I am convinced that one of the reasons for such decline is due the attempt of many massage therapists to find the ways to separate themselves from being massage therapist and present themselves in some new quality, give their image “the new fresh look.” Knowing that American consumers are sold on new ideas, inventions, trends, and buzz words, presenting yourself as a member of some trendy “new wave” seems to some as a good idea. Thus “Manual Therapy” is the new buzz word and everybody are trying to jump on its bandwagon.

NOT in our case. In fact, allow me to throw a monkey wrench into a wheel of that bandwagon, because the term “Manual Therapy” is hardly new.
Manual therapy as a comprehensive concept initially was proposed in the former Soviet Union. In 1969 the Professor Kish of Uzhhgorod medical school in the Western part of Ukraine, proposed spinal manipulative techniques. At the time these techniques – spinal segment /facet joint maneuver – were considered significant support to a medical massage procedure. It’s a gentle and very specific to each spinal movement segment manipulation; something between a chiropractor’s adjustment and an adjustment by osteopaths. The Professor Kish called it a “maneuver.”

Professor Kish knew and practiced medical massage, including connective tissue massage, muscular manipulations by means of massage, and other massage disciplines. He taught that there is no substitute to massage therapy, and if adjustment/maneuver is being administered without normalizing myofacial function, then no rehabilitation would be achieved. Most cases of facet joint subluxations are the results of myofascial dysfunction. Therefore only comprehensive rehabilitative approach should be applied.He never claimed to be a pioneer of this type of manual therapy. Quite the contrary, he claimed to be trained in this method in Austria. However, I and many other colleagues from my generation, strongly believed that he was the one who in the end of 60s initiated the manual therapy development.In 1974 I had the privilege to take a class from this, at the time, a very old man. Originally he was a Hungarian national, born in Budapest before the World War I. What I can recall is he graduated from some Hungarian or Austrian medical school. After the World War II, he ended up living in the Soviet Ukraine, city of Uzhhgorod, teaching there in the local medical school.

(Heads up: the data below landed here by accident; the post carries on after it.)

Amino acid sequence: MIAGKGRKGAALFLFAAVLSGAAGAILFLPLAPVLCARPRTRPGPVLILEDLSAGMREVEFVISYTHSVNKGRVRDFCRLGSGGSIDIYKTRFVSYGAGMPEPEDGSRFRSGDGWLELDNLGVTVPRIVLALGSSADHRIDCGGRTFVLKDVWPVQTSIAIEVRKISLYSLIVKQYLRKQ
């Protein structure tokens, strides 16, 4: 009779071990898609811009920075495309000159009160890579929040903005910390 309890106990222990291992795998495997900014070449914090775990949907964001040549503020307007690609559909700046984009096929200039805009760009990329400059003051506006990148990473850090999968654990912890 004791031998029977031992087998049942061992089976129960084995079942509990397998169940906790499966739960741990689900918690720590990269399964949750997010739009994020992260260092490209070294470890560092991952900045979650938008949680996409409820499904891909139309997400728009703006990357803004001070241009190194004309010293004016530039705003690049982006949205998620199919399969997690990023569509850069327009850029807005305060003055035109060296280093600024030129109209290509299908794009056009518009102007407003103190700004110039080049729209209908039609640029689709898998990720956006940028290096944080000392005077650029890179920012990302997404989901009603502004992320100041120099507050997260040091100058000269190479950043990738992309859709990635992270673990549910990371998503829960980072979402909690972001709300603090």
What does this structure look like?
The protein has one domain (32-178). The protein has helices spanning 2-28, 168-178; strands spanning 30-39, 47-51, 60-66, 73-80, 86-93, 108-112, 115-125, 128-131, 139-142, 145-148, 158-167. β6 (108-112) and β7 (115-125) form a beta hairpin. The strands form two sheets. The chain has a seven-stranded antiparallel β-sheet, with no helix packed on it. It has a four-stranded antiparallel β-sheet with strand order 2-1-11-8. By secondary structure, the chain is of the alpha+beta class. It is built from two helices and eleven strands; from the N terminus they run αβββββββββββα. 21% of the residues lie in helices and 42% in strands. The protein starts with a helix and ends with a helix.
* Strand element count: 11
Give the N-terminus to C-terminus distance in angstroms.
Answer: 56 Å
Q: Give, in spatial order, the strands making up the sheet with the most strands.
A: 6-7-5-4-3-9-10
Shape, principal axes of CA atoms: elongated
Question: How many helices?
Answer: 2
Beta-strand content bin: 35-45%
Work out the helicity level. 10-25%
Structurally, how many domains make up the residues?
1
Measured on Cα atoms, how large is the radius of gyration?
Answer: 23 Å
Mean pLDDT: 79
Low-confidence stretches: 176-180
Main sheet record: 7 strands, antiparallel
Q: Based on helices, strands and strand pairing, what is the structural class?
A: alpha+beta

In the 60s, Bulgarian scientist Dr. Boris Ivanov contributed very significantly to manual therapy. He proposed the clinical approach to the corrections of Biomechanics. In the beginning of the 70s the Eastern European methods of manual therapy, were further developed, by inclusion of post-isometric relaxation techniques, proposed by Czech Republic scientist Dr. Karel Lewitt as well as by Dr.Vladimir Janda. It came out that PIR techniques are much more effective and achieve faster results in cases that require restoration of muscular energy productions due to muscular pathologies within the same muscle.

Previously for this purpose we all used the techniques of massaging under stretching proposed by the Russian physician Manakov. Honestly, in certain cases, even today I am using Manakov’s techniques. But I can assure you that everyone, including every member of the Manual Therapy Association until 1980, knew that soft tissue mobilization by means of massage cannot be substituted.